SMU Data and Models

SMU Steel Buyers Sentiment: Cautiously Positive

Written by Tim Triplett

Steel Buyers Sentiment, as measured by Steel Market Update, has seen little change since the beginning of February, recording a very optimistic reading of +69 this week. Future Sentiment moved up four points to a nearly as bullish +67. Both Current and Future Sentiment now exceed pre-pandemic levels and suggest that the market is hopeful about the year ahead.

Measured as a three-month moving average (3MMA), Current Sentiment hit +65.83, while the Future Sentiment 3MMA moved up to +61.00—both well above average. For comparison, the record high 3MMAs were around +74 in the spring of 2017; the record lows were about +40 in the fall of 2019.


What Respondents are Saying 

Every two weeks, SMU asks steel buyers how they view their company’s chances for success in the current environment, as well as three to six months in the future. Comments from respondents are cautiously positive, but reveal concerns about the tight steel supplies and the potential for record-high prices to suddenly correct:

“January was our best month ever, only to be surpassed by February. And with 23 business days in March (and, fingers crossed, no weather/power issues), this month could be even better still.”

“We have set company sales records every month for the past three months. We just need the supply and we could be selling much more.”

“I don’t see any changes in demand in the next six months that will affect our ability to be successful. Demand will remain steady and strong.”

“Lack of steel availability is hindering our ability to meet customer demand.”

“We’re concerned the combination of limited supply, high prices and weakening demand will all come to a logjam in early second quarter.”

“Steel is just too expensive. I don’t know how much longer we can operate with these numbers from the mills.”

“Concerned that things are too far out of whack right now for supply, demand and price levels.”

“Demand outlook is good; supply outlook is the key variable.”

“We will be importing buffer material to ensure we don’t have any issues in the second half of the year. At some point, I will have more steel than I need.”

“If steel prices drop sharply, we will get caught with overpriced inventory.”

“The closer 2022 comes, the louder the wave of imports and new capacity here domestically becomes. We all just need to show some discipline.”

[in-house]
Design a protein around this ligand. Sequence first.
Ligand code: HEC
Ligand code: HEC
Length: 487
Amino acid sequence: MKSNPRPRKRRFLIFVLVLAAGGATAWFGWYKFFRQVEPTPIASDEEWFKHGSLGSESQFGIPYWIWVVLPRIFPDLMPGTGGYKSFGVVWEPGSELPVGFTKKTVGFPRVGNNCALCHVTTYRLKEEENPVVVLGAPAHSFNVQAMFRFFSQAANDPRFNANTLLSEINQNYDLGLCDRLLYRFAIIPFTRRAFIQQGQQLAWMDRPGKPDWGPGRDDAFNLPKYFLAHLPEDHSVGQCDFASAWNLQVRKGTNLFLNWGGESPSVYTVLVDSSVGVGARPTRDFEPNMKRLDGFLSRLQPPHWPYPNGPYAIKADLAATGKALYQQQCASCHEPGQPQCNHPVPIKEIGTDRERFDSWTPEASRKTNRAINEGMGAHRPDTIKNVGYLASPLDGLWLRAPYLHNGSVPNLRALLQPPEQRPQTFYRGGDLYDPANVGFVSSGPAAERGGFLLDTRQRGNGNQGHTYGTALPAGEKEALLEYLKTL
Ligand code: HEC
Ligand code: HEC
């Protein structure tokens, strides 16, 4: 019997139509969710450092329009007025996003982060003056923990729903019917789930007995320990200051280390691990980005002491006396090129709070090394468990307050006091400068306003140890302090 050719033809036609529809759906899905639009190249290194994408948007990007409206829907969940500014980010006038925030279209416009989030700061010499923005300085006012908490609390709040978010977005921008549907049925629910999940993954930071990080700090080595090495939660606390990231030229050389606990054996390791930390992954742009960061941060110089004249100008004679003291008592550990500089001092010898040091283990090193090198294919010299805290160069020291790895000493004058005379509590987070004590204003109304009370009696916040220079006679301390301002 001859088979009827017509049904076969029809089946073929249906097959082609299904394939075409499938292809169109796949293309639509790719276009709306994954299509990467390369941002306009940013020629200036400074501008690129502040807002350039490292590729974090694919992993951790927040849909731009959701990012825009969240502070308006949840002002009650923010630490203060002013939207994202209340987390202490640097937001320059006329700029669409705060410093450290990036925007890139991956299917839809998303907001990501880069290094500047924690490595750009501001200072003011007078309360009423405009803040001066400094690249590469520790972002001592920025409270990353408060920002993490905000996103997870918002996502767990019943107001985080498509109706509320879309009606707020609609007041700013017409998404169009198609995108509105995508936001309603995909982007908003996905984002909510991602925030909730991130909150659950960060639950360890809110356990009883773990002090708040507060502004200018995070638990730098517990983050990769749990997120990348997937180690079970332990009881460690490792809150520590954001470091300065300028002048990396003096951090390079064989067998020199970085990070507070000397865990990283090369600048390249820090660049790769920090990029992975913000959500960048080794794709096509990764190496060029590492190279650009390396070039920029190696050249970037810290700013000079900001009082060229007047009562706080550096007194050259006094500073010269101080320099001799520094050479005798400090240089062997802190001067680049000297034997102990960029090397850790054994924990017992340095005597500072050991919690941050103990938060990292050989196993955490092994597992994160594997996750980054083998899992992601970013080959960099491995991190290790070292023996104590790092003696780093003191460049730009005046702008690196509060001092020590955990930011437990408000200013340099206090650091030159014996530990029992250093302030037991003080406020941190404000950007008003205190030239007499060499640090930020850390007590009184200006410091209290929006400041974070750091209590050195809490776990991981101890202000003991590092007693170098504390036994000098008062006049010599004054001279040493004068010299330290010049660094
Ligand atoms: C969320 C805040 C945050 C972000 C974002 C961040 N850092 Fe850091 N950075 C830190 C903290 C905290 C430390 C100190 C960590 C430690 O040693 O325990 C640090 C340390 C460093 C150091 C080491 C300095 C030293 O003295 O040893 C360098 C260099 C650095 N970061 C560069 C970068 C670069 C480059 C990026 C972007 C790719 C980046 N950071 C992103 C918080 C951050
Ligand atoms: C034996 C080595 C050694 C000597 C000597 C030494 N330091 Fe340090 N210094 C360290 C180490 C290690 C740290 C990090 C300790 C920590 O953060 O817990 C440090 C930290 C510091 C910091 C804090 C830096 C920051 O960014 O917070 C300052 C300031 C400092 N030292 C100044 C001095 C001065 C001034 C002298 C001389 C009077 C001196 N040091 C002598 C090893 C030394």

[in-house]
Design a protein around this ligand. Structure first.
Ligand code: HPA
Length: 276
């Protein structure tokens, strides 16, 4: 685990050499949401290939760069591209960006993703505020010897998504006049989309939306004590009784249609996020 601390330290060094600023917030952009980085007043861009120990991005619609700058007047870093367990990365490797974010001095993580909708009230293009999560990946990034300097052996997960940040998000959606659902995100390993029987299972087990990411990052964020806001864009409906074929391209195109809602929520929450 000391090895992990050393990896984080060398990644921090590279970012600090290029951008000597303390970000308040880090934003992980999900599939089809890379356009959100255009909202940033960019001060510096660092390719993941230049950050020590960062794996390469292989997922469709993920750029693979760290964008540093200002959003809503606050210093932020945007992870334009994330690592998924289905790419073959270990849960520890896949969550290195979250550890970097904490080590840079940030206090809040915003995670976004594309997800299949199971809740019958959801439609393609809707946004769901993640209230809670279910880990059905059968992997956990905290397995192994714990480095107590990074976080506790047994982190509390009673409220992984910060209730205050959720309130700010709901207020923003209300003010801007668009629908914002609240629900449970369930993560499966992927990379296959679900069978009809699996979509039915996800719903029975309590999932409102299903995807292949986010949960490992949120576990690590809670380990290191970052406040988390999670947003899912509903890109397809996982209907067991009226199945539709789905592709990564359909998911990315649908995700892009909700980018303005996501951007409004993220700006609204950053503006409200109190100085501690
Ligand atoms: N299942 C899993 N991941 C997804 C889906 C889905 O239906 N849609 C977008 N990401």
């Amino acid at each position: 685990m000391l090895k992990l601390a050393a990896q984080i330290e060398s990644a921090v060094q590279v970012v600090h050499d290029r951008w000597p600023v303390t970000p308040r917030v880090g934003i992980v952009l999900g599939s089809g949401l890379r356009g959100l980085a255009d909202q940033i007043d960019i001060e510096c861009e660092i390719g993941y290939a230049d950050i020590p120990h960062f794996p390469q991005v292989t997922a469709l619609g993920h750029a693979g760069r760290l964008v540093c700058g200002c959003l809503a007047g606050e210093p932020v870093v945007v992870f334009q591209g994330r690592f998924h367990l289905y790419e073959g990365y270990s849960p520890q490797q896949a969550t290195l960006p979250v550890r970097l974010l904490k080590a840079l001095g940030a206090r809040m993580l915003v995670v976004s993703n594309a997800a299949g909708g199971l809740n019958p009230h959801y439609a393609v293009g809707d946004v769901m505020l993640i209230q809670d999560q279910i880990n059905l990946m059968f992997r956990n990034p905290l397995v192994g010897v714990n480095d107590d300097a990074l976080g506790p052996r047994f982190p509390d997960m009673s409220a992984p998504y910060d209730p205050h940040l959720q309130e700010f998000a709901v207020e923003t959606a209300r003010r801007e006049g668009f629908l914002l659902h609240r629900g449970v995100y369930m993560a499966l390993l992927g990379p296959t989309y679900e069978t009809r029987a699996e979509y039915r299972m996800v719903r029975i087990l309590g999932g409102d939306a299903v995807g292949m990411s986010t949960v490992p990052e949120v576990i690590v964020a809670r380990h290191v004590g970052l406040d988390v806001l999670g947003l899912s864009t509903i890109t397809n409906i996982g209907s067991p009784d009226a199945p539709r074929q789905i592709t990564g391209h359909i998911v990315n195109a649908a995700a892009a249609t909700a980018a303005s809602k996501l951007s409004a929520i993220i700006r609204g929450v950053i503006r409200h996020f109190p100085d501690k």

“Concern about trade is key. How will Section 232 continue? Steel oversupply worldwide is a factor that will not go away.”

About the SMU Steel Buyers Sentiment Index

SMU Steel Buyers Sentiment Index is a measurement of the current attitude of buyers and sellers of flat rolled steel products in North America regarding how they feel about their company’s opportunity for success in today’s market. It is a proprietary product developed by Steel Market Update for the North American steel industry.

Positive readings will run from +10 to +100 and the arrow will point to the righthand side of the meter located on the Home Page of our website indicating a positive or optimistic sentiment. Negative readings will run from -10 to -100 and the arrow will point to the lefthand side of the meter on our website indicating negative or pessimistic sentiment. A reading of “0” (+/- 10) indicates a neutral sentiment (or slightly optimistic or pessimistic), which is most likely an indicator of a shift occurring in the marketplace.

Readings are developed through Steel Market Update market surveys that are conducted twice per month. We display the index reading on a meter on the Home Page of our website for all to see. Currently, we send invitations to participate in our survey to more than 600 North American companies. Our normal response rate is 100-150 companies; approximately 40 percent are manufacturers, 45 percent are service centers/distributors, and 15 percent are steel mills, trading companies or toll processors involved in the steel business. Click here to view an interactive graphic of the SMU Steel Buyers Sentiment Index or the SMU Future Steel Buyers Sentiment Index.

By Tim Triplett,

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